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Our incredible win could change the future of oil and gas in the UK | Sarah Finch
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Our incredible win could change the future of oil and gas in the UK | Sarah Finch

This week I found out what it feels like to go beyond your wildest dreams. A case I fronted won at the supreme court, with potentially huge positive impacts for the climate. For almost five years, I had been mounting a legal challenge to fossil-fuel production at Horse Hill in the Surrey countryside. A group of residents, activists and lawyers had been pursuing a routine legal review of a council planning decision that had given an oil company the green light to drill four new oil wells and produce oil for 20 years.

The supreme court ruling means it will now be much harder for new fossil-fuel projects to go ahead as their full climate impact will need to be factored in from the start. Our challenge centred on the fact that the oil produced by the Horse Hill site would inevitably be burned, throwing carbon into the atmosphere and heating the planet. We expected it to be a routine legal procedure lasting six months. But as the case came together, its wider significance for the climate and the fossil-fuel industry at large became clearer, and months turned into years as it worked its way through the courts.

Emissions from burning the fuel had been explicitly excluded from the environmental statement prepared as part of the environmental impact assessment process for Horse Hill. I – and others – thought it was wrong that the council had ignored these “downstream” greenhouse gas emissions when they gave permission to pump the oil out of the ground.

The decision will have a knock-on effect for a number of already approved projects, which are subject to separate legal challenges including similar grounds to the Horse Hill one, such as the planned new coalmine in Whitehaven, Cumbria, and the giant Rosebank and Jackdaw oil and gas fields in the North Sea. All these projects omitted to assess the impacts of use of the fuels in their environmental statements. So the Horse Hill ruling strengthens the cases against them.

Horse Hill was set to become a flagship project for the oil and gas industry across the Weald region; it hoped that if this site proved successful, others would follow, and the planning permission granted in 2019 raised the game. Twenty years of production rights was a big step up from the short-term exploratory permissions that had been seen before. And the planning decision was made just months after Surrey county council had declared a climate emergency.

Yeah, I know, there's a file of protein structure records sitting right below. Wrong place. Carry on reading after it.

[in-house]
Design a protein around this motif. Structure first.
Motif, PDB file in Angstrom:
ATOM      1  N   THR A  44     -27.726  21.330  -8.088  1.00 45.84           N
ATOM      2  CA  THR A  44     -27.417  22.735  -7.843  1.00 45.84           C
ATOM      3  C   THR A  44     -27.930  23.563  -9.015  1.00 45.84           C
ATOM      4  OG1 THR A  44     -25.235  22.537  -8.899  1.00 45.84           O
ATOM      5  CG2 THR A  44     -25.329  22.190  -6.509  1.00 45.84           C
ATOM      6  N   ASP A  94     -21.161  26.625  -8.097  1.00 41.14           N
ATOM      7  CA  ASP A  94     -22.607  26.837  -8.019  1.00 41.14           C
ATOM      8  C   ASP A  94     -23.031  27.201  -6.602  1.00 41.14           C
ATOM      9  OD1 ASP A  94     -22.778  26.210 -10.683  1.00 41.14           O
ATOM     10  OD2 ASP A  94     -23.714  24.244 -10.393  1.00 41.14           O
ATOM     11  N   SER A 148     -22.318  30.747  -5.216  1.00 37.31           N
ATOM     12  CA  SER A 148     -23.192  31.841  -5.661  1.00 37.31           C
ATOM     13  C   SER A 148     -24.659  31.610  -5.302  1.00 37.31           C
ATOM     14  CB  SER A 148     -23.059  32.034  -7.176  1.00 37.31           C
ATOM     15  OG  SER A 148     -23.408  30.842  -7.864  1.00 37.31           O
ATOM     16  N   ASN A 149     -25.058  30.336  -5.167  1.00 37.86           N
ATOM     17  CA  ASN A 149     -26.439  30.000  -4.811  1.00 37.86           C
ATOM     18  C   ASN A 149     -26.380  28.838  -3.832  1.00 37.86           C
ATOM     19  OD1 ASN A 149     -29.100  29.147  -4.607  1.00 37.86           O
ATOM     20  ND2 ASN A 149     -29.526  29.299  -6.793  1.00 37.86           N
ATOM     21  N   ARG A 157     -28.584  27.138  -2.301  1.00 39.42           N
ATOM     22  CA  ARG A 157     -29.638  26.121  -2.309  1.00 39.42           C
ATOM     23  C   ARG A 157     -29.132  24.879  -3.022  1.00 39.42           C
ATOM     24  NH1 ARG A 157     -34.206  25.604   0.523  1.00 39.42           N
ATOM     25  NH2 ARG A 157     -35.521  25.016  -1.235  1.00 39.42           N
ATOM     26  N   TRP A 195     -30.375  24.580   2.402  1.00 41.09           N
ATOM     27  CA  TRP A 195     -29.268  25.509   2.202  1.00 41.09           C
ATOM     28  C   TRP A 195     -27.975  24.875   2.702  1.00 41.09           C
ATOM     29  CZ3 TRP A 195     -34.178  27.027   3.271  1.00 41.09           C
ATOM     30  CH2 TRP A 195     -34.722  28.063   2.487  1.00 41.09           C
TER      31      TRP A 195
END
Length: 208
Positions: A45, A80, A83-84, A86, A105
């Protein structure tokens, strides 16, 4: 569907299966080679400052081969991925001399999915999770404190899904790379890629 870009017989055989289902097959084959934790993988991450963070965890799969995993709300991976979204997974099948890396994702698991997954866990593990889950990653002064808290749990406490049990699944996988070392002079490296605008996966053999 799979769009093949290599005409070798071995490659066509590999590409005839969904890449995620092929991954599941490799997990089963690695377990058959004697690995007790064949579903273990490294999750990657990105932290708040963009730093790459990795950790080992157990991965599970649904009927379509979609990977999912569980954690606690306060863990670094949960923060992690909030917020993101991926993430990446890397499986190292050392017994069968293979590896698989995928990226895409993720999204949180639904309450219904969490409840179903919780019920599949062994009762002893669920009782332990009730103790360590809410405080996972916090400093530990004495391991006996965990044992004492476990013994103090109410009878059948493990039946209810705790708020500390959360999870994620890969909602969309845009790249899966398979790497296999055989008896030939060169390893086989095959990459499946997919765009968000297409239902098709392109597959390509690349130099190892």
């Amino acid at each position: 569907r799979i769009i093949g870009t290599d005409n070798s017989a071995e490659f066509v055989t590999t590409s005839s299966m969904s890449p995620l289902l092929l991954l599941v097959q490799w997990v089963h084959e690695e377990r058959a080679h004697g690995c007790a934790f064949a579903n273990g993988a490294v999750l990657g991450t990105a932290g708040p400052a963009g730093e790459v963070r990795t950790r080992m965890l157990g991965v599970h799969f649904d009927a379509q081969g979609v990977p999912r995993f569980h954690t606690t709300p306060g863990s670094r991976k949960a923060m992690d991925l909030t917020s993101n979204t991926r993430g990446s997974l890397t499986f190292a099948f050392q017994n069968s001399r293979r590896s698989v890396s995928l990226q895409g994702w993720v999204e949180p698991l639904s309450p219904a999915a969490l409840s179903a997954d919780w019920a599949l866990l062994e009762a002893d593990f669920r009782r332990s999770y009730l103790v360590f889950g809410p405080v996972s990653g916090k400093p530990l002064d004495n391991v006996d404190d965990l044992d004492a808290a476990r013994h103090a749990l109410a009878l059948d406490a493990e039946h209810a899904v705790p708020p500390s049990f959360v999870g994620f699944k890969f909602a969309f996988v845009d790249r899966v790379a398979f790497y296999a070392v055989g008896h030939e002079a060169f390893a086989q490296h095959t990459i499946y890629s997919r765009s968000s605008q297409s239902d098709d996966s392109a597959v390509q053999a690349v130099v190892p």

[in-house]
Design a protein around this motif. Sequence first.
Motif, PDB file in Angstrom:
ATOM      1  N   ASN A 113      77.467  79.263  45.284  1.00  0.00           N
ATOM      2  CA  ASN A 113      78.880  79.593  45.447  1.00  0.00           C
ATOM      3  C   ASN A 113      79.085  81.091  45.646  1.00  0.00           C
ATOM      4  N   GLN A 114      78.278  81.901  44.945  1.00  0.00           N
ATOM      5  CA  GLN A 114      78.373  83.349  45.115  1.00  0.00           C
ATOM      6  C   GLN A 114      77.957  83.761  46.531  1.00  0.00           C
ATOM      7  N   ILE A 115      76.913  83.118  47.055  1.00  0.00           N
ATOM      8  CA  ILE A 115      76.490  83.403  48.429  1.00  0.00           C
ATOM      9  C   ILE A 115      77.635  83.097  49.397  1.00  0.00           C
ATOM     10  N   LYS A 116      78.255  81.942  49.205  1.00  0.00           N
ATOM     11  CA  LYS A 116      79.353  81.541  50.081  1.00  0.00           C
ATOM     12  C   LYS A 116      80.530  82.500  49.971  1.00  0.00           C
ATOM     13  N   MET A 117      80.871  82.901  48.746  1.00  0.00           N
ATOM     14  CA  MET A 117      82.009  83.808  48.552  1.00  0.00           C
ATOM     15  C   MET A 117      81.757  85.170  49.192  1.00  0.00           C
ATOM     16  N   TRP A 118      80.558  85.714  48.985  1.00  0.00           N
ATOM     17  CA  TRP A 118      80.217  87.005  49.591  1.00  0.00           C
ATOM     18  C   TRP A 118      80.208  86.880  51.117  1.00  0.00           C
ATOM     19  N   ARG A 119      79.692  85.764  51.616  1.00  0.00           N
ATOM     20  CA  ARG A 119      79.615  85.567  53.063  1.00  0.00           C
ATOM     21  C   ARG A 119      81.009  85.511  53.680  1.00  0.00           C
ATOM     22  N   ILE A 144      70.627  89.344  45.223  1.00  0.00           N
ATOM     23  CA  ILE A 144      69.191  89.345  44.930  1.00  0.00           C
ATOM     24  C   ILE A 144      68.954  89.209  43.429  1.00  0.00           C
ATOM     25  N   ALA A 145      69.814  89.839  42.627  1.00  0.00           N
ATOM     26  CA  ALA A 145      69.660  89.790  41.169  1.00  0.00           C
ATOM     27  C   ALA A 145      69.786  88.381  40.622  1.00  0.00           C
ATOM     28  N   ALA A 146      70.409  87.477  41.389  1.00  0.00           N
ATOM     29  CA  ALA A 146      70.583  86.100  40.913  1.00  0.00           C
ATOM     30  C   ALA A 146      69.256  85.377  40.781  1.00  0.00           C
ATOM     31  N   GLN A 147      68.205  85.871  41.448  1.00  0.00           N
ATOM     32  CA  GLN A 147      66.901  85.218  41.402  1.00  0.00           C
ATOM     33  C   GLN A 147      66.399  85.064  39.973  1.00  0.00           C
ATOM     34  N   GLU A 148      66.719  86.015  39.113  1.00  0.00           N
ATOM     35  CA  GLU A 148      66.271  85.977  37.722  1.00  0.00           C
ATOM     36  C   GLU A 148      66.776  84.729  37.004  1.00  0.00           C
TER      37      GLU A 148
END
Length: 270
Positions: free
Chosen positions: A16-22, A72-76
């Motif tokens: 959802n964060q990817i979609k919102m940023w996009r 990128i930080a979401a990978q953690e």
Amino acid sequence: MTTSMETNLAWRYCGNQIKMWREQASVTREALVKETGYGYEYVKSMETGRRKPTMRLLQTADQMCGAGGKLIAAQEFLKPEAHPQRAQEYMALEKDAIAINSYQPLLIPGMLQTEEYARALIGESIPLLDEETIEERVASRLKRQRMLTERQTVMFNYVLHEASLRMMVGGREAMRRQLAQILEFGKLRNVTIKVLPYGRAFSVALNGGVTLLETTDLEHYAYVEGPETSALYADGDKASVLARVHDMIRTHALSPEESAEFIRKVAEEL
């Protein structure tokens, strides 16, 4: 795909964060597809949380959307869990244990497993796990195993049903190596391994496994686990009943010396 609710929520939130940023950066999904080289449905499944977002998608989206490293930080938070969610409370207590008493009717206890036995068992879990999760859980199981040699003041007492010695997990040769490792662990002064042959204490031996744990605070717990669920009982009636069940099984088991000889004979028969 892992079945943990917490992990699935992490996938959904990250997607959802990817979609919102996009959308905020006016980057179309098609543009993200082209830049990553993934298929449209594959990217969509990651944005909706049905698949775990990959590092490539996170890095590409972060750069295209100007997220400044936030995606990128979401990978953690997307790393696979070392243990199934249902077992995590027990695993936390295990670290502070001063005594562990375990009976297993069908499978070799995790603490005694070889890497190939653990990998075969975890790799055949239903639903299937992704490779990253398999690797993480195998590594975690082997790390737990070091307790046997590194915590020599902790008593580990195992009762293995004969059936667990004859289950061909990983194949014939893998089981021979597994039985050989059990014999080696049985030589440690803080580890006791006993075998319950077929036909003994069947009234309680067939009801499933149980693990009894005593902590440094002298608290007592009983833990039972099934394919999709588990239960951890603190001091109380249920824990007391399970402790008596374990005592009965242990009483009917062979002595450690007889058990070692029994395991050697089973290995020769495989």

I had been opposing oil developments at this site for several years already. Along with local people and activists, we used everything in our toolkits to oppose the drilling, from letter-writing and lobbying to protest camps and direct actions, monthly multifaith prayer gatherings at the gates and more besides. Horse Hill wasn’t the only new onshore fossil-fuel development in the region and, through networking, local groups and individuals came together in 2016 to share skills and knowledge. We called ourselves the Weald Action Group.

For the next three years we had a series of hearings, in the high court and the court of appeal. Each time we lost. But a split judgment in the court of appeal, where one judge agreed with us and two didn’t, and the fact that the court’s grounds for rejecting our case differed from those of the high court, meant we were allowed to appeal to the UK’s highest court. That hearing took place on Midsummer’s Day in 2023.

This week, almost exactly a year later, the supreme court ruled that the Horse Hill planning permission was unlawful because the environmental impact assessment for the project failed to assess the effect on the climate of the oil to be produced there. Exactly what we had argued all along.

It is a huge win; a win for the community around Horse Hill, who no longer face the prospect of a large industrial development on their doorstep. But its impacts are wider than that. The court has made clear that the impacts of using the fuel produced must be assessed before a fossil-fuel development is given the go-ahead.

That may sound obvious, but these emissions are increasingly being left out of environmental impact assessments when planning applications are made for fossil-fuel projects – including those at Whitehaven, Rosebank and Jackdaw – despite the huge impact they would have on the escalating climate crisis.

We often hear about tipping points in climate – such as Amazon deforestation and melting permafrost, where small changes accelerate global heating in an unpredictable way. I believe that the supreme court’s ruling is a tipping point in the right direction. A small step that will actually make the future better, not worse.

The days of fossil-fuel applications being waved through without full consideration of their climate impacts are over. I am proud and elated that the Weald Action Group has made this happen.

  • Sarah Finch is a climate campaigner and a member of the Weald Action Group

Source: theguardian.com